I had a little time to kill between the end of the ride and my train to Carlsbad, so I called up my buddy Scott Sears. Scott happens to be part of the management structure at Petco Park, and luck would have it that a Padre game was going on just then. He invited me over to take in a bit of the game and have a beer. What a day! I stayed for about an hour, then headed out for the train station. Of course, I had to make a pit stop at 7-11 to grab some frosties for my train ride!

The Party
Although somewhat tired, I rallied and we headed out to the party. The party was in honor of my parent's good friends Jeff and Maureen Hawke, who were celebrating their 30th wedding anniversary. It was held at Maureen's fathers house in Fallbrook. The house was unbelievable. Something like 14,000sq.ft. with a catfish lake out front, a pool out back, and a palm tree farm beyond that. The living room could have been designed by Charles Foster Kane himself. Huge, marble everywhere, and a fireplace that was bigger than my bedroom. With the sun setting behind the hills, it really was a beautiful venue for a great night! It was a great celebration with so many good friends and plenty of dancing to an awesome band (same band that did our wedding party if you were there). And yes, the rumors are true. I did end up in the pool in my boxer shorts. Another wild night in the book!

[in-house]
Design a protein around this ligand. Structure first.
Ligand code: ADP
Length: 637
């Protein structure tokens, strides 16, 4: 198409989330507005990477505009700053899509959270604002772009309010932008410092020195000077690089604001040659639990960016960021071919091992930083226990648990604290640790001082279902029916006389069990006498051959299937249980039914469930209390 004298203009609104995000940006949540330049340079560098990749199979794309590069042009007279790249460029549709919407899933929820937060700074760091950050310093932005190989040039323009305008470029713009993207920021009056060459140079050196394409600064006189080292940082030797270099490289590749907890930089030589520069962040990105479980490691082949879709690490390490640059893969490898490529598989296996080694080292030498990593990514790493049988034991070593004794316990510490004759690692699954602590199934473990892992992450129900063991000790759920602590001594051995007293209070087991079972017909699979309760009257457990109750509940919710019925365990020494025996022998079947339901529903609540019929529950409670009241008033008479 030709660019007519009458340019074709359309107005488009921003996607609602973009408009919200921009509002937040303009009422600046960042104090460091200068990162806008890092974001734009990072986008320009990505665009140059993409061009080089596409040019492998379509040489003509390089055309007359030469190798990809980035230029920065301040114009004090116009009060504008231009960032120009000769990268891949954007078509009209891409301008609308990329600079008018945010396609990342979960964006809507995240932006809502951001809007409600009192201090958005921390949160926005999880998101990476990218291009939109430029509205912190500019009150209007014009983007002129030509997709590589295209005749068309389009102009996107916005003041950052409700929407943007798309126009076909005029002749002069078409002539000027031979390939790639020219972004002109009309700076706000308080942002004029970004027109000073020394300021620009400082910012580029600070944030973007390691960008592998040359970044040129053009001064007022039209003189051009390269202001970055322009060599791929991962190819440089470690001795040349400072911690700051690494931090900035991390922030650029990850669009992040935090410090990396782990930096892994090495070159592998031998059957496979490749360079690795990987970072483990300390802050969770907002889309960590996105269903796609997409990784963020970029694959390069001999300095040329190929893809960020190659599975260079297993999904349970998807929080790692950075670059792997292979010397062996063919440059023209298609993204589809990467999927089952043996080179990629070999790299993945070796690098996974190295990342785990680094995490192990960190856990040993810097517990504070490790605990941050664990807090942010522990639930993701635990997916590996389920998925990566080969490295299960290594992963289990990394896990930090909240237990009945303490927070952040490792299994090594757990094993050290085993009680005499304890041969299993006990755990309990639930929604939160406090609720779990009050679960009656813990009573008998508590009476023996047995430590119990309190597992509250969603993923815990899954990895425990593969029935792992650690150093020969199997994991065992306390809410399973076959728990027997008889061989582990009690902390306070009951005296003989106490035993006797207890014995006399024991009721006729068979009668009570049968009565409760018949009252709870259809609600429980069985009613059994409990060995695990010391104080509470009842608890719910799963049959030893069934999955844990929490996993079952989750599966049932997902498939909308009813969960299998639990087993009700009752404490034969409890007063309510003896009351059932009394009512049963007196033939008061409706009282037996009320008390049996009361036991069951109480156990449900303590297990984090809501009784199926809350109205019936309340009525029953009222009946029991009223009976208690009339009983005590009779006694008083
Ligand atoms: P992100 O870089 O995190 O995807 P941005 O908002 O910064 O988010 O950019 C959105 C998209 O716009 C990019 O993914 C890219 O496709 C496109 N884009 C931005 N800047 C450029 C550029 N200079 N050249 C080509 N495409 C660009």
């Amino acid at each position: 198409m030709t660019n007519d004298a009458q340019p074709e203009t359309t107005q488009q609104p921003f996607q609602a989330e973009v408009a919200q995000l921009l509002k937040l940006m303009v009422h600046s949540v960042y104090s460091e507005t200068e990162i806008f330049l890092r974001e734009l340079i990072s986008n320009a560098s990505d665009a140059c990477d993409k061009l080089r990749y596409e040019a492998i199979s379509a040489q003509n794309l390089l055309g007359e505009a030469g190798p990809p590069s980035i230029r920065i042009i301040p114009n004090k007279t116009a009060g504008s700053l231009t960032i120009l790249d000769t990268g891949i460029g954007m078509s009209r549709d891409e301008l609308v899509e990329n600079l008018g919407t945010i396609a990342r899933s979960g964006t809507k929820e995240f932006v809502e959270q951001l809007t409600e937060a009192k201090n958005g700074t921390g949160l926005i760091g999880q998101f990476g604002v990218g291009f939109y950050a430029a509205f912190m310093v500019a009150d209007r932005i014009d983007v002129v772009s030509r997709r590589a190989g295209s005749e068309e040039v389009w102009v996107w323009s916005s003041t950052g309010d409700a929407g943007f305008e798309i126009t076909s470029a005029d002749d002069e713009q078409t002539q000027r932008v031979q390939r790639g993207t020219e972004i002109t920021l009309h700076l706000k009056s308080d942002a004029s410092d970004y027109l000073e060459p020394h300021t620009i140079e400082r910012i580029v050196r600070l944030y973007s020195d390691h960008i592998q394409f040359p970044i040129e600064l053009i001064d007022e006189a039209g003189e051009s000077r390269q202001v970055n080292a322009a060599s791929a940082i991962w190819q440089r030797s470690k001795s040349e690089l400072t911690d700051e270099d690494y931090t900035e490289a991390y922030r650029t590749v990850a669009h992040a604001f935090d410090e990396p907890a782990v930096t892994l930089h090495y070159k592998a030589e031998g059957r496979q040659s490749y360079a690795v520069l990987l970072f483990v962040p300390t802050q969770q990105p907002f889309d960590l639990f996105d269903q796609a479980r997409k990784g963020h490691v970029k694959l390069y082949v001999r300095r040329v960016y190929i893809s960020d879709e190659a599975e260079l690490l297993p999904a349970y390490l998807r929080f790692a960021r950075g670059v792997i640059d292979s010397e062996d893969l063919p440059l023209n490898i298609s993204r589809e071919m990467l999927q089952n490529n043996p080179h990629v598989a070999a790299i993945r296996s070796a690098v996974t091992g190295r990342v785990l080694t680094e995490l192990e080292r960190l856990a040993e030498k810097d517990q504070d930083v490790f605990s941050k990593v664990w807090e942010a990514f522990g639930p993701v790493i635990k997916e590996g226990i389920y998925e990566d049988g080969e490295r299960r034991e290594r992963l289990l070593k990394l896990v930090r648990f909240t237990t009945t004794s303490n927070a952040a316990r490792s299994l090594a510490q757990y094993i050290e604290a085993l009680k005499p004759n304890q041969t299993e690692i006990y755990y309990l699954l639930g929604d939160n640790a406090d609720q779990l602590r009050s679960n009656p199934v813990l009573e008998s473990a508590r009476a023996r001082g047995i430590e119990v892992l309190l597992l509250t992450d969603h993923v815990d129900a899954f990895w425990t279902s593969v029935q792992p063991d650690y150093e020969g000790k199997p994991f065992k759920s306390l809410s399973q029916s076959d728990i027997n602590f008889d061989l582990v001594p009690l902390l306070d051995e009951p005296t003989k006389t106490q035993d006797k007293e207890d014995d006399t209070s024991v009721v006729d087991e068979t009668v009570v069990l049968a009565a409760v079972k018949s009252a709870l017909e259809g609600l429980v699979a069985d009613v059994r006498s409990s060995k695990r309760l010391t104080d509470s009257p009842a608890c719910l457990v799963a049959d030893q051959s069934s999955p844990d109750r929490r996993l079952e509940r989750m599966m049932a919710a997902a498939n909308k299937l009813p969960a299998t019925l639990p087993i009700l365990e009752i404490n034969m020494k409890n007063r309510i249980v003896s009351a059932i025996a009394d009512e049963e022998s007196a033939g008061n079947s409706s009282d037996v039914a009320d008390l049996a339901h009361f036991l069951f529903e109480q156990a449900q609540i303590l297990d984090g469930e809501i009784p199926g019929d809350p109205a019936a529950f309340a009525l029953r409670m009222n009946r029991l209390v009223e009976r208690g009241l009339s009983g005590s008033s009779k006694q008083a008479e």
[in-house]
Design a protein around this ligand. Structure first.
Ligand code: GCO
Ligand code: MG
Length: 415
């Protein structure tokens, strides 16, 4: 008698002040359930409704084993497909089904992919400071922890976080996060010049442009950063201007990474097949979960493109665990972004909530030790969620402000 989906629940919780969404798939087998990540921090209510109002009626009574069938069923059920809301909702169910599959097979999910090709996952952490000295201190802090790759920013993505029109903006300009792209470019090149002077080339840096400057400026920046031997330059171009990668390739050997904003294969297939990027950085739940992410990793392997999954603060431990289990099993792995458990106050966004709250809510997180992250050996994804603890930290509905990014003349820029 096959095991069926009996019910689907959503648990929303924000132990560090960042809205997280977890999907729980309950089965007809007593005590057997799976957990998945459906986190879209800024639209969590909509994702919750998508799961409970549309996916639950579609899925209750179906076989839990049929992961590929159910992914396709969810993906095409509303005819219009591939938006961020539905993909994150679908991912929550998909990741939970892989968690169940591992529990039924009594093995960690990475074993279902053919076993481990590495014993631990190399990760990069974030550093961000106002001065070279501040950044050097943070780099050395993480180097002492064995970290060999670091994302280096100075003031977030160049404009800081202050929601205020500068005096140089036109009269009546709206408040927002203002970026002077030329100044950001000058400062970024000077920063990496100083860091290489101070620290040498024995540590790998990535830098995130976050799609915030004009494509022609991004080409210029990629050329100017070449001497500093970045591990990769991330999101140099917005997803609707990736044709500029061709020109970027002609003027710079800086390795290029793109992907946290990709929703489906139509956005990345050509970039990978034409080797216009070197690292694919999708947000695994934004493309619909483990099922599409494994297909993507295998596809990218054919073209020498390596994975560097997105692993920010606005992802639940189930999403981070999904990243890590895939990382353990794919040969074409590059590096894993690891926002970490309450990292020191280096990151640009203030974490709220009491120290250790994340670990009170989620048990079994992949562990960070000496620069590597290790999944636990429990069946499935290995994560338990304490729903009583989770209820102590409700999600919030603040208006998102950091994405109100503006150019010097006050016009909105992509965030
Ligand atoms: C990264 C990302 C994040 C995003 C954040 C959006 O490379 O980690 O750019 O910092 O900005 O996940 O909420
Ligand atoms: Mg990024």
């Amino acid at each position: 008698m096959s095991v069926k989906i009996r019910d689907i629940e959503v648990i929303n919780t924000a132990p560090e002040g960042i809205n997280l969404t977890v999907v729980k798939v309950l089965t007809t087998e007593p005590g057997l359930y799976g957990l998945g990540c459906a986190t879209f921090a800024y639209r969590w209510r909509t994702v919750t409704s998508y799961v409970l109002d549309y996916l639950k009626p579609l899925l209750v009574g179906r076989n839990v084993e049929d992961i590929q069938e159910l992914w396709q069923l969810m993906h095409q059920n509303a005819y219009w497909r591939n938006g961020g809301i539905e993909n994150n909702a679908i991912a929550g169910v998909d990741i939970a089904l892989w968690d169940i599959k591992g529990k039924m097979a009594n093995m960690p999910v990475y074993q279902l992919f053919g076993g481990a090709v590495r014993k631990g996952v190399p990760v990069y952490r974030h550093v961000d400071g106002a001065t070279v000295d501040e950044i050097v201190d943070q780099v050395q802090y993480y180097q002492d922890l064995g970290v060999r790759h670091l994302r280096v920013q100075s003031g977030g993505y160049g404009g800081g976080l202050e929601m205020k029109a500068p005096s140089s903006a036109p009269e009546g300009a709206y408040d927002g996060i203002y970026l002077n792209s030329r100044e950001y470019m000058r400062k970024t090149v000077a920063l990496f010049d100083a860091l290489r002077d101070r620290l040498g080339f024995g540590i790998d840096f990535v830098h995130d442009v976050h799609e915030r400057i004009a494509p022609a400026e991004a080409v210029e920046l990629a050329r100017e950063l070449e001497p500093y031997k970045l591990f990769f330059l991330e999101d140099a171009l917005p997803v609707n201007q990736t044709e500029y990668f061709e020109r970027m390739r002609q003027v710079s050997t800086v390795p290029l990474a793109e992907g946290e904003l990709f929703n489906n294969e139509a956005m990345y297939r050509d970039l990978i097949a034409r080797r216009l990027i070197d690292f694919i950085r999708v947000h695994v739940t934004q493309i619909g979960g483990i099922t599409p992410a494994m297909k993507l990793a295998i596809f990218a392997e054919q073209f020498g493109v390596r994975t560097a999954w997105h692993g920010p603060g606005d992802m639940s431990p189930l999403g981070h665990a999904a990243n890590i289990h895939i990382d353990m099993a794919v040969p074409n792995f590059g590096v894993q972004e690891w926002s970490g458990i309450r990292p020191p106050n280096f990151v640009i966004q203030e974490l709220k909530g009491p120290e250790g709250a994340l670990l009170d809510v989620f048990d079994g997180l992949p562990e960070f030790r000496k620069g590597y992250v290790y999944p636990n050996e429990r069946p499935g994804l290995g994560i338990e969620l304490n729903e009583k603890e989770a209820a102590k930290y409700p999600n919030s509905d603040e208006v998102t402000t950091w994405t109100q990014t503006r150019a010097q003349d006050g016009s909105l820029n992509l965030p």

Since we were already in San Diego (kinda), we thought it would be fun to catch a Padre game with the kids. We purchased some park tickets for the Sunday day game, which allow you to hang out on the grassy hill out in right field at Petco Park. It was a beautiful day to be chilling on the grass, taking in the game.

Sunday, October 17, 2010


Sad to learn of the tragic death of Roger Lyon while flying doctors on a medical mission to Mexico. He was a family friend and fellow pilot. All our best to the family in this dark hour.

RIP "Chop".

Friday, October 8, 2010

Lobster hunting in catalina

If we don't catch any lobsters tonight, we surely won't starve...

Tuesday, September 21, 2010

A Busy Month (Part II)